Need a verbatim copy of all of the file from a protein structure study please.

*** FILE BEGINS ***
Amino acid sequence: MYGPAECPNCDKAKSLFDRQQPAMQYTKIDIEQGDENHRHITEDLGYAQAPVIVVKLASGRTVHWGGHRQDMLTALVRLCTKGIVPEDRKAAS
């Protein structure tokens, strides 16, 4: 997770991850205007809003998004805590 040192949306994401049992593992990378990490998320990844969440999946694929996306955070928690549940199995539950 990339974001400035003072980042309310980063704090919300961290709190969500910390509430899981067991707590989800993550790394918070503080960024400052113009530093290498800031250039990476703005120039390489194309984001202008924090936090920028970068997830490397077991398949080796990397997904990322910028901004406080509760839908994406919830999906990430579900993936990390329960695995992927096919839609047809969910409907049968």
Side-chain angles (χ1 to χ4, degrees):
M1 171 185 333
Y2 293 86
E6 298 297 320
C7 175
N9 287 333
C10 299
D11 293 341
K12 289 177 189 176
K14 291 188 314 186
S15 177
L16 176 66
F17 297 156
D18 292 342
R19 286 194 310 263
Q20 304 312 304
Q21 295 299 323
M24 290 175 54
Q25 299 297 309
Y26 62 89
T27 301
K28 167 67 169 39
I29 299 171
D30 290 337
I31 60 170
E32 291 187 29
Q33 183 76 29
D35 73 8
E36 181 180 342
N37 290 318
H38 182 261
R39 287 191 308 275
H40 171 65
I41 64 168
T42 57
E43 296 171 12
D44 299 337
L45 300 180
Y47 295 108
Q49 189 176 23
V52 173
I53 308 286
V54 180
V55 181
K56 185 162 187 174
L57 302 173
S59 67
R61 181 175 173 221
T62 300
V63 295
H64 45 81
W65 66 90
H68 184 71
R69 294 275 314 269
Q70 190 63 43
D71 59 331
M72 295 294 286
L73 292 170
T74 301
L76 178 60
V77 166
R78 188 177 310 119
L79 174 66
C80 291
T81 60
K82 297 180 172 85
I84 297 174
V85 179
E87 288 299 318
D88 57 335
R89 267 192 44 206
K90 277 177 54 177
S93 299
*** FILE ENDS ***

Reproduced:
Amino acid sequence: MYGPAECPNCDKAKSLFDRQQPAMQYTKIDIEQGDENHRHITEDLGYAQAPVIVVKLASGRTVHWGGHRQDMLTALVRLCTKGIVPEDRKAAS
């Protein structure tokens, strides 16, 4: 997770991850205007809003998004805590 040192949306994401049992593992990378990490998320990844969440999946694929996306955070928690549940199995539950 990339974001400035003072980042309310980063704090919300961290709190969500910390509430899981067991707590989800993550790394918070503080960024400052113009530093290498800031250039990476703005120039390489194309984001202008924090936090920028970068997830490397077991398949080796990397997904990322910028901004406080509760839908994406919830999906990430579900993936990390329960695995992927096919839609047809969910409907049968």
Side-chain angles (χ1 to χ4, degrees):
M1 171 185 333
Y2 293 86
E6 298 297 320
C7 175
N9 287 333
C10 299
D11 293 341
K12 289 177 189 176
K14 291 188 314 186
S15 177
L16 176 66
F17 297 156
D18 292 342
R19 286 194 310 263
Q20 304 312 304
Q21 295 299 323
M24 290 175 54
Q25 299 297 309
Y26 62 89
T27 301
K28 167 67 169 39
I29 299 171
D30 290 337
I31 60 170
E32 291 187 29
Q33 183 76 29
D35 73 8
E36 181 180 342
N37 290 318
H38 182 261
R39 287 191 308 275
H40 171 65
I41 64 168
T42 57
E43 296 171 12
D44 299 337
L45 300 180
Y47 295 108
Q49 189 176 23
V52 173
I53 308 286
V54 180
V55 181
K56 185 162 187 174
L57 302 173
S59 67
R61 181 175 173 221
T62 300
V63 295
H64 45 81
W65 66 90
H68 184 71
R69 294 275 314 269
Q70 190 63 43
D71 59 331
M72 295 294 286
L73 292 170
T74 301
L76 178 60
V77 166
R78 188 177 310 119
L79 174 66
C80 291
T81 60
K82 297 180 172 85
I84 297 174
V85 179
E87 288 299 318
D88 57 335
R89 267 192 44 206
K90 277 177 54 177
S93 299